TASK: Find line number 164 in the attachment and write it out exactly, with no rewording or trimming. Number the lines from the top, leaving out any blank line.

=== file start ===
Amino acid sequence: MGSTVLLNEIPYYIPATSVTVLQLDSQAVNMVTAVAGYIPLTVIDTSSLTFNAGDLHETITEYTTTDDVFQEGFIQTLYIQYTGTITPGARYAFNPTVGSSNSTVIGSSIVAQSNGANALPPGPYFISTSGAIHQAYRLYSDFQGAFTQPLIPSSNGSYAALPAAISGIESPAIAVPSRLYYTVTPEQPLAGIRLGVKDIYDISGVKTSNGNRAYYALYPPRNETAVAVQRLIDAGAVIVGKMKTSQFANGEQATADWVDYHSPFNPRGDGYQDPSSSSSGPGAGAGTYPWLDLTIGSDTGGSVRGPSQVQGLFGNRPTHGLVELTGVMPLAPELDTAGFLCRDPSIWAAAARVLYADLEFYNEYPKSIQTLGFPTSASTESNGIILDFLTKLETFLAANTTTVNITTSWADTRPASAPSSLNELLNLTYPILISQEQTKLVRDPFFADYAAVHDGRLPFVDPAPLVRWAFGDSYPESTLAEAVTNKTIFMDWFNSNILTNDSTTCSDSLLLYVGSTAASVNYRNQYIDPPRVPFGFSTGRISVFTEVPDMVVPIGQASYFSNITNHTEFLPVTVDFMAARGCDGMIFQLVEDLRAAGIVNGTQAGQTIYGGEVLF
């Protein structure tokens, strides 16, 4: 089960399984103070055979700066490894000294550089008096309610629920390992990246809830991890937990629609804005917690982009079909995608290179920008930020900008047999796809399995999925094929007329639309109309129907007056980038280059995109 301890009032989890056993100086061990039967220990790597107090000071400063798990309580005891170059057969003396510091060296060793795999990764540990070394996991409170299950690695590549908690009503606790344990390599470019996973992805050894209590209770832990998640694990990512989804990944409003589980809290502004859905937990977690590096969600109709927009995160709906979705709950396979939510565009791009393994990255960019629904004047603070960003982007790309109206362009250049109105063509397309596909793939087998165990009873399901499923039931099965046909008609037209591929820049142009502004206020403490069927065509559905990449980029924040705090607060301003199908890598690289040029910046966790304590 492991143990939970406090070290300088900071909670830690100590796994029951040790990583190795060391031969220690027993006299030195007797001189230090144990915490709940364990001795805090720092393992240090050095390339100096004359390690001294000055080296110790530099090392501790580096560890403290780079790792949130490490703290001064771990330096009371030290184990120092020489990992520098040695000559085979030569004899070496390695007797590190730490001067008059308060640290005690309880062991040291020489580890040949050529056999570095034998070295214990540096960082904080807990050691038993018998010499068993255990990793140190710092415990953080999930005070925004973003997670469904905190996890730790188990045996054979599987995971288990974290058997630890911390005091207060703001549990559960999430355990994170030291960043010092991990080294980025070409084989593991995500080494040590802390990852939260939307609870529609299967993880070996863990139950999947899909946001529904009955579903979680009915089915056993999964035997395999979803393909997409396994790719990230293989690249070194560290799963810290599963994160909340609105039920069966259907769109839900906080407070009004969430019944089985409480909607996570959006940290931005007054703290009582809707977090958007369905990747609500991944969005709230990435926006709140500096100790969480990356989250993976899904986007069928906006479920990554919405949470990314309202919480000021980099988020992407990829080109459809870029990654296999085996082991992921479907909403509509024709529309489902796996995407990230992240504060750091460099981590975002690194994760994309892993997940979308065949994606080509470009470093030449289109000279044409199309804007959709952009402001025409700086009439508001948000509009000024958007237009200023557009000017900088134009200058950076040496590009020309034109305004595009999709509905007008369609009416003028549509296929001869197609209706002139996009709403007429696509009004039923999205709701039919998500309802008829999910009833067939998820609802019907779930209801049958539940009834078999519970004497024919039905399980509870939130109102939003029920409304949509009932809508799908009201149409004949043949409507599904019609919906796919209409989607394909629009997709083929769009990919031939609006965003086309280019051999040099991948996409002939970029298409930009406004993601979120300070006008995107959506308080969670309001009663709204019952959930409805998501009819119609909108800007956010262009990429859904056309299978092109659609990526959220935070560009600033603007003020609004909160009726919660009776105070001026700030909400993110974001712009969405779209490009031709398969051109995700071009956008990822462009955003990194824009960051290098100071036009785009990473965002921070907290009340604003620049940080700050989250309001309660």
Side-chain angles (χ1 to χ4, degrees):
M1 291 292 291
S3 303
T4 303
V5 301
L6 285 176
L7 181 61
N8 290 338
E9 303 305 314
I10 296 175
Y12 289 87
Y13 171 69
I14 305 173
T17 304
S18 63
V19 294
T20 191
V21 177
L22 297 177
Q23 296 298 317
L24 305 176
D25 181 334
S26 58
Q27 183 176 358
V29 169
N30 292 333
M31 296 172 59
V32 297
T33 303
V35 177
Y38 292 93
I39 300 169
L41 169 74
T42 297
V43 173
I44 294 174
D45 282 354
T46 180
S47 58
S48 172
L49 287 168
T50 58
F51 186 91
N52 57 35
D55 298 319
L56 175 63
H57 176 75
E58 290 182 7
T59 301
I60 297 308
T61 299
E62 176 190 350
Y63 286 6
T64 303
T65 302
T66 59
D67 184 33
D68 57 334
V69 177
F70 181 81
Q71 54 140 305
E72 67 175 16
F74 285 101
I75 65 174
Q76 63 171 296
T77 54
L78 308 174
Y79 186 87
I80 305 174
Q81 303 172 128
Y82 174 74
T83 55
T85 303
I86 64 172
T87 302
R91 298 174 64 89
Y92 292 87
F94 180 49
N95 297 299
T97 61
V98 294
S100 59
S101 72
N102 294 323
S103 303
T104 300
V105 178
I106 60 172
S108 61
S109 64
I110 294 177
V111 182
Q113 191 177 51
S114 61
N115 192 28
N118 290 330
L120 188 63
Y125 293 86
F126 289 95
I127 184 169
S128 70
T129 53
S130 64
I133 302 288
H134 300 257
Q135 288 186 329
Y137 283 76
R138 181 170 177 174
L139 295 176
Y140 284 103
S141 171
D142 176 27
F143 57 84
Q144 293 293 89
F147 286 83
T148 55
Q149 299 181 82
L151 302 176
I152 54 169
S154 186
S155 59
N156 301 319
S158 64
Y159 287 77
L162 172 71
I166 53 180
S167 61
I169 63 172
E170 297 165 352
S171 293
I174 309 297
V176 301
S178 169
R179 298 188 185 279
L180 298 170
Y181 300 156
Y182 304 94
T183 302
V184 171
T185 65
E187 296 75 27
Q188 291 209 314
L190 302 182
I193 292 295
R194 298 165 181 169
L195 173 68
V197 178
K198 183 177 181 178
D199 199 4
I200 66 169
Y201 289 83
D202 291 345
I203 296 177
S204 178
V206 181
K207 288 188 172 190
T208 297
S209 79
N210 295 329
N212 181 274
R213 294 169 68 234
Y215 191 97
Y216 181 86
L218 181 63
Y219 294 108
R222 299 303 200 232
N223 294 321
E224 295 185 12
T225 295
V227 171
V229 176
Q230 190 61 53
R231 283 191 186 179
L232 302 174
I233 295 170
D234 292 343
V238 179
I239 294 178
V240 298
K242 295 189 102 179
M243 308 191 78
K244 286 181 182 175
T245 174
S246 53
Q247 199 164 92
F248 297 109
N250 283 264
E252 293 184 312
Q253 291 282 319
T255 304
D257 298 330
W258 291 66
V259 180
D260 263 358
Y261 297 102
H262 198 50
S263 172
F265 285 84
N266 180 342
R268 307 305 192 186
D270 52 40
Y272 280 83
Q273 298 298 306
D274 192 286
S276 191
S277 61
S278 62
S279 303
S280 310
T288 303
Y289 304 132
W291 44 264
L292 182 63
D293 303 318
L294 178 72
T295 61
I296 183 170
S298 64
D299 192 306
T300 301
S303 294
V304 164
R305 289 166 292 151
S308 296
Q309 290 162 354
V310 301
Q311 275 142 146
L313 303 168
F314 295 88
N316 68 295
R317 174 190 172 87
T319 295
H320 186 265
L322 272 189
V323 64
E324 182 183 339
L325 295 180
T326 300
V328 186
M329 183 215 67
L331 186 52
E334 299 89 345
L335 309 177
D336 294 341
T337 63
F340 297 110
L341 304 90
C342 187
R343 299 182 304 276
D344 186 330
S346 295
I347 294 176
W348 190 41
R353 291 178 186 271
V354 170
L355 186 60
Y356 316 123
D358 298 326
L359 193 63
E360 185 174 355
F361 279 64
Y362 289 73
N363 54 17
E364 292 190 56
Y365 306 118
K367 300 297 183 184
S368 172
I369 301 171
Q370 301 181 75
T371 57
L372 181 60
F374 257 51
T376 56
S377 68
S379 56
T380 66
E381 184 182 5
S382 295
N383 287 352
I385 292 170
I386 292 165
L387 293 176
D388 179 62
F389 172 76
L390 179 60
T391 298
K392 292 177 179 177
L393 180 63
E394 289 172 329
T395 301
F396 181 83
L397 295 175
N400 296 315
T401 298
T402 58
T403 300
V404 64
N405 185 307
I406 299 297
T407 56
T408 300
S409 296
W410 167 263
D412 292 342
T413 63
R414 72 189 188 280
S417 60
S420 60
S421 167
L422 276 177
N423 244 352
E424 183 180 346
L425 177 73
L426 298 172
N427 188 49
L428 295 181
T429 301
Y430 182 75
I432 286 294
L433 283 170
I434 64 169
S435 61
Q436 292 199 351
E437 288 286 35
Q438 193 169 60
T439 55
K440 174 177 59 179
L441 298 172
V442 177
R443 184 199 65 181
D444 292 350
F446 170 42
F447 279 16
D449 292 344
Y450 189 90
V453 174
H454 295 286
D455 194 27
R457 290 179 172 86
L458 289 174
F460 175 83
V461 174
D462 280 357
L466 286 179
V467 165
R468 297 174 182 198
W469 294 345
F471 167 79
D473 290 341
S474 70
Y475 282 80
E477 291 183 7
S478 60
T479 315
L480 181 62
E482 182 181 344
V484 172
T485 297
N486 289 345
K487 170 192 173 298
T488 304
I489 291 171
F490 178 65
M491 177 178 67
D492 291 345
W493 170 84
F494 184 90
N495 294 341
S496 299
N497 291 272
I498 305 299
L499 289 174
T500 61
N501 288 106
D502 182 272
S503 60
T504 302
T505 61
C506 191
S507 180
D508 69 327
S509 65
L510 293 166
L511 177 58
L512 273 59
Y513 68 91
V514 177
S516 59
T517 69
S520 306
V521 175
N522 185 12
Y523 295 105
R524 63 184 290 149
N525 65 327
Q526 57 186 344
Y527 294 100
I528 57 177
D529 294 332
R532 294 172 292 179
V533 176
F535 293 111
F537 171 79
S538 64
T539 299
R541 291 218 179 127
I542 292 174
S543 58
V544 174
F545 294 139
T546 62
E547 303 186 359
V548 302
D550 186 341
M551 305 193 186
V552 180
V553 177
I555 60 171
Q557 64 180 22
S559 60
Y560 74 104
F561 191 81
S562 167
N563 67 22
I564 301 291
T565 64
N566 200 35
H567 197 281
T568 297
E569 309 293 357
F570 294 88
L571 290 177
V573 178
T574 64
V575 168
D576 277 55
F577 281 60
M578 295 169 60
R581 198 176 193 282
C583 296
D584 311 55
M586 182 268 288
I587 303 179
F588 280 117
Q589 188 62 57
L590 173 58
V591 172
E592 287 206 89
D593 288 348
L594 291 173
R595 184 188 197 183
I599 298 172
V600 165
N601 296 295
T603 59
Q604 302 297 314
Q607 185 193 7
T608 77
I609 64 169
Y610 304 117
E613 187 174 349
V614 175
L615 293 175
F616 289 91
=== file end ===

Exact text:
Y215 191 97